As a parent, what is my role, and what can I do to best support my child’s education?
Page 6: How Can I Support My Child in Math?
There are probably plenty of thoughts going through your head right now.
“Do I really have to teach my child math?
“I don’t understand Common Core math!”
“What are ten frames?”
OK, take a deep breath! Here’s the good news: You are not responsible for teaching your child math.
But, wait, here’s even more good news: Even if you yourself are not good at math, you can still support your child’s learning. It’s easier than you think!
Supporting Learning at Home
Although this page will focus on math, you might also consider how to:
- Get your child ready to learn. For information on getting your child ready to learn, see Page 2.
- Set routines and behavior expectations. For more information on how to do this, see Page 3.
- Find out what your child should be learning. For more about how to find out what your child should be learning, see Page 4.
- Balance learning with social and emotional needs. For more on how to support your child socially and emotionally, see Page 7.
Remember that all children are different. What works for one might not work for another. So always take time to think about what is working for your child and what isn’t. If one thing doesn’t go so well, try something different.
Now, depending on your circumstances, you might be helping your child with math that the teacher has assigned or recommended, or you might be coming up with your own learning activities. Either way, you are probably facing some of the common challenges described below. Click on each of them for some tips that can be helpful for all children, including those who don’t like math or who have trouble with math.
This is not uncommon for kids of all ages. Although some children just don’t like math, others actually have math anxiety—they get nervous or upset when they have to do math. Believe us, we can relate. Here are some ways that you might be able to help.
Show your child that math is useful. Let your child know that math is important, and talk about the ways you use it in everyday life. You use math to figure out how much something you want to buy costs if it is 20% off, and you use it to decide how long it will take to drive somewhere and how much gas to buy. Want to bake your own chocolate brownies? If you’re using a recipe, you’re going to be using math.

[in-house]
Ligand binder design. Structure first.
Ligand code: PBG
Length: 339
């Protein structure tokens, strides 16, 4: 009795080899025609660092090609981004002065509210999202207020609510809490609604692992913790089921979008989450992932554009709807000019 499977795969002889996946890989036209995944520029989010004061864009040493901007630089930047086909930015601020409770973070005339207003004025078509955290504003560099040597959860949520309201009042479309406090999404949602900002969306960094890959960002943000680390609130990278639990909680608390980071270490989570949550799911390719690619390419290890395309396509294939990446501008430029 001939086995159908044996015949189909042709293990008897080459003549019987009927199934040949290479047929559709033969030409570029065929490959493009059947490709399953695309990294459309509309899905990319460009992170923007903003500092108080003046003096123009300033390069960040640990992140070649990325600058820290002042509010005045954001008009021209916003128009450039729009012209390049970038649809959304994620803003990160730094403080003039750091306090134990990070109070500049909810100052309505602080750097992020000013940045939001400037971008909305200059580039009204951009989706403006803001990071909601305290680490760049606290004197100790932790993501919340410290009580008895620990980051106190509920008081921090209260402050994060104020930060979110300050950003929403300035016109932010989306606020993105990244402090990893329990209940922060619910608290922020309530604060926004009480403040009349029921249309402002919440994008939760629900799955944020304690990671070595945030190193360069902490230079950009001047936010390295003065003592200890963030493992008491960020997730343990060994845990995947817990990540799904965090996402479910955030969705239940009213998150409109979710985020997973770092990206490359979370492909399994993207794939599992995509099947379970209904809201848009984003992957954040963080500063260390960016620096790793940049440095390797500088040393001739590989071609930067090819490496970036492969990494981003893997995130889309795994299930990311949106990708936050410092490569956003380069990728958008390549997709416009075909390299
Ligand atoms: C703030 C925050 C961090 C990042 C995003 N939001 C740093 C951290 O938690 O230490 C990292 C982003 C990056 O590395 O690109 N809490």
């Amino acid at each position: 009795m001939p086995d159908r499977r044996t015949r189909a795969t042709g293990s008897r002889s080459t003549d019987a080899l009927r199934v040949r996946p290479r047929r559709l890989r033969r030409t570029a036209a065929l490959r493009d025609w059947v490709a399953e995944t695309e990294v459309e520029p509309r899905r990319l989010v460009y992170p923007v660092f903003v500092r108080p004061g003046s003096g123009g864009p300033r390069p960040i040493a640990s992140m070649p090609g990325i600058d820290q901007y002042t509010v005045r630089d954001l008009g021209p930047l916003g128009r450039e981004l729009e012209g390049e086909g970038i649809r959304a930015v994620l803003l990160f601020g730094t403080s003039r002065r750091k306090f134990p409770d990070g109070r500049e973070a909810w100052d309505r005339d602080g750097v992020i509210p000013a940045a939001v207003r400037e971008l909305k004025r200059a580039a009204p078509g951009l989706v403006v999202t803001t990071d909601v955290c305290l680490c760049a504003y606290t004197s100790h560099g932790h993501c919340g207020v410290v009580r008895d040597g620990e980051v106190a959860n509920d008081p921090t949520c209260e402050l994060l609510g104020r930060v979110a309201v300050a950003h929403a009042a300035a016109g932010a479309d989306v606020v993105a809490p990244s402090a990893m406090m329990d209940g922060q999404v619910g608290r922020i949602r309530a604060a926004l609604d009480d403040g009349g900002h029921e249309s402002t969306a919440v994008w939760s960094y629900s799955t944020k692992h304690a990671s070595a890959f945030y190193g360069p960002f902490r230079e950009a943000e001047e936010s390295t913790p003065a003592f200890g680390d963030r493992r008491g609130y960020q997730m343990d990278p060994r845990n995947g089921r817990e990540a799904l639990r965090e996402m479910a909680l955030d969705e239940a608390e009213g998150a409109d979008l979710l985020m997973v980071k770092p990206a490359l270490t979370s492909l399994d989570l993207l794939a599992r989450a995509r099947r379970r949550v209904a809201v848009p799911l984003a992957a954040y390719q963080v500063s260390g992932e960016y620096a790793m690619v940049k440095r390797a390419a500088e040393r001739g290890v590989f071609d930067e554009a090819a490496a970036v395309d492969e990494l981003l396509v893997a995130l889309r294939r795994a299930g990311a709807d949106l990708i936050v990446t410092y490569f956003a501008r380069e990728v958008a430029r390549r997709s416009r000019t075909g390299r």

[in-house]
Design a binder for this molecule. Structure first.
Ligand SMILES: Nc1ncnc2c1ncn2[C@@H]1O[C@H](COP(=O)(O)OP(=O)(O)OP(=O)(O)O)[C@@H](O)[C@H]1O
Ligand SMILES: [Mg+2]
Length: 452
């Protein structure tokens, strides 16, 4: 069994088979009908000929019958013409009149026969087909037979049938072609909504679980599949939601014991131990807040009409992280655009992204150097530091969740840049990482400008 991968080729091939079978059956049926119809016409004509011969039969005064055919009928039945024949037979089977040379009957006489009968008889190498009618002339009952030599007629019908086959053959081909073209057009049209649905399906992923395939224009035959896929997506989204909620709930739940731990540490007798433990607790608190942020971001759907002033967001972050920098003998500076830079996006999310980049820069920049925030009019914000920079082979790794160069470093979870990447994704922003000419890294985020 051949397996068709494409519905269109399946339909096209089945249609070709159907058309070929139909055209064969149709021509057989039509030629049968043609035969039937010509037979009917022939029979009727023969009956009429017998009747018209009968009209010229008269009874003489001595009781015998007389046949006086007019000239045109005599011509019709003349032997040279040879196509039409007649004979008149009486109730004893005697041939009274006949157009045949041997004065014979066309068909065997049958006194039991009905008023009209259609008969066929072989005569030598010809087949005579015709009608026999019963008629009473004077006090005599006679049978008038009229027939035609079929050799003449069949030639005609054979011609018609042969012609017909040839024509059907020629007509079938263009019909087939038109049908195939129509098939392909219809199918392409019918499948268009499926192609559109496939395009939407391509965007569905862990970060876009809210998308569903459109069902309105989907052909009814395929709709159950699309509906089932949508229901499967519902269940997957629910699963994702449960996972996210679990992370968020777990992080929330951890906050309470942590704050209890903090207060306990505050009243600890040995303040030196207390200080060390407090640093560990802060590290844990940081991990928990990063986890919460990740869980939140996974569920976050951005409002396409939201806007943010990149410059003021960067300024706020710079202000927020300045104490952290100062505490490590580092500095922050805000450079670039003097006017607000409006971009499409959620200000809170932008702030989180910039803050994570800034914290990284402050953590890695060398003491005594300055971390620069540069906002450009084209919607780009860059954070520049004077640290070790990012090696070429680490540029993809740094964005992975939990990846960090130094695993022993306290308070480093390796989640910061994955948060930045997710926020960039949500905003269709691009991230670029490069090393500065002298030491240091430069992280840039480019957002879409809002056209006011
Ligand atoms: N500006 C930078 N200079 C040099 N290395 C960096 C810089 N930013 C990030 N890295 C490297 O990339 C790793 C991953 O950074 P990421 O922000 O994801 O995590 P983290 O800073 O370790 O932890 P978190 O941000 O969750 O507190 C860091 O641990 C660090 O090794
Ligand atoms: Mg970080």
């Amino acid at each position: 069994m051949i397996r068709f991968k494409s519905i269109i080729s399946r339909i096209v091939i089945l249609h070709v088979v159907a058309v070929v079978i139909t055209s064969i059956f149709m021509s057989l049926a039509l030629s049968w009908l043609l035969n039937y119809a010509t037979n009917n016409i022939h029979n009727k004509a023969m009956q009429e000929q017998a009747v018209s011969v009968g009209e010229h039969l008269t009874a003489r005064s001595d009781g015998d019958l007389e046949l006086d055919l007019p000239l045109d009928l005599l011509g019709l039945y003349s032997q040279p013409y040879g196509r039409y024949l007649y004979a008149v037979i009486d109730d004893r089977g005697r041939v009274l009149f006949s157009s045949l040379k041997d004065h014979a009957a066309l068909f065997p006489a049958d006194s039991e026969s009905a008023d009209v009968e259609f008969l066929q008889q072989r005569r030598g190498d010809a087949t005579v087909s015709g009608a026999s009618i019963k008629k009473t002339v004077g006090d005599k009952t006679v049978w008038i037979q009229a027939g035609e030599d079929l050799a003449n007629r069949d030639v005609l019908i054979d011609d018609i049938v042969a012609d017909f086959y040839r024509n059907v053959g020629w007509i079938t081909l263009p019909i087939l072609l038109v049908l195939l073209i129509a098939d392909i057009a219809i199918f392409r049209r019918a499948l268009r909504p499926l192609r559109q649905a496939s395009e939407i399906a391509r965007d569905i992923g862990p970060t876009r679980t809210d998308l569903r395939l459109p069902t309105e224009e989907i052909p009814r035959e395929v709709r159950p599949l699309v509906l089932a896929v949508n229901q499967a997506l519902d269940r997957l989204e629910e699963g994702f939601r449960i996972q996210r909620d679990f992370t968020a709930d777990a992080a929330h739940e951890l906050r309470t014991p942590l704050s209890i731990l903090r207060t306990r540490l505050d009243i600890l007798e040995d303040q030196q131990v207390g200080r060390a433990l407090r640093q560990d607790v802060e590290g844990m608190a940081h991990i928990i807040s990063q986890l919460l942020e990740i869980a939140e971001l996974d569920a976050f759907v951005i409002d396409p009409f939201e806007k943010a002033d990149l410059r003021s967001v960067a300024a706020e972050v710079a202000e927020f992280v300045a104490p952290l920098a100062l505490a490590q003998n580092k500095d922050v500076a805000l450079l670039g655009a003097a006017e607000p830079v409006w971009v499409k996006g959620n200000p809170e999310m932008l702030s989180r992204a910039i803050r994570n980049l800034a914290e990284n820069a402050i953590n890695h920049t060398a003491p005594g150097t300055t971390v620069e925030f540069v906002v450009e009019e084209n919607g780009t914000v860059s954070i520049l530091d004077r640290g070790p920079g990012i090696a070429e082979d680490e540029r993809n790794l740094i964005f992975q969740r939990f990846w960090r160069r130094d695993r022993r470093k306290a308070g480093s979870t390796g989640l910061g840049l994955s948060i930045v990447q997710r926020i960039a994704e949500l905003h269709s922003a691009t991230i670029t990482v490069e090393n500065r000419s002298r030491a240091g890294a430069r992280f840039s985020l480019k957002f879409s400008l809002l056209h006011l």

Make it fun, interesting, and meaningful. If your child finds math boring, try to connect it to something she is interested in or finds important. For example, if your child is having trouble solving the problem 12÷4, you might ask her to split a box of 12 cookies equally between her and her three brothers and sisters. Maybe your child is really interested in soccer or horses. Think about changing the problems to include those interests.
Be positive and encouraging. When you talk with your child, don’t share any negative feelings that you might have about math. Also, don’t forget to praise your child for trying hard and doing his best.
Suggest that your child takes a break. Once a child becomes frustrated, she is likely to make more mistakes. A short break will often help.
Ask questions. Sometimes your child might be getting the wrong answer because of one little mistake or a simple misunderstanding. Ask him questions, such as “How did you get that answer?” Understanding how he got the answer might help you get him back on track.
Practice counting objects. Ask your child to count things in your house or yard, or even in a book. One way your child can keep track is by holding up one finger for each object counted. Make sure your child is counting each object only once.
Practice sorting objects. After counting objects, your child can also sort them by size, color, or shape. For example, if you ask your child to find 10 rocks, she can then sort the rocks into categories (big or little, smooth or rough).
Use objects to show your child how to add and subtract. Young children have a hard time understanding what numbers mean. It is easier for them to understand how to add and subtract numbers if you use objects, sometimes called manipulatives. You can use any small objects around your house, such as blocks, pieces of candy or cereal, or toy cars. To learn how, watch this video.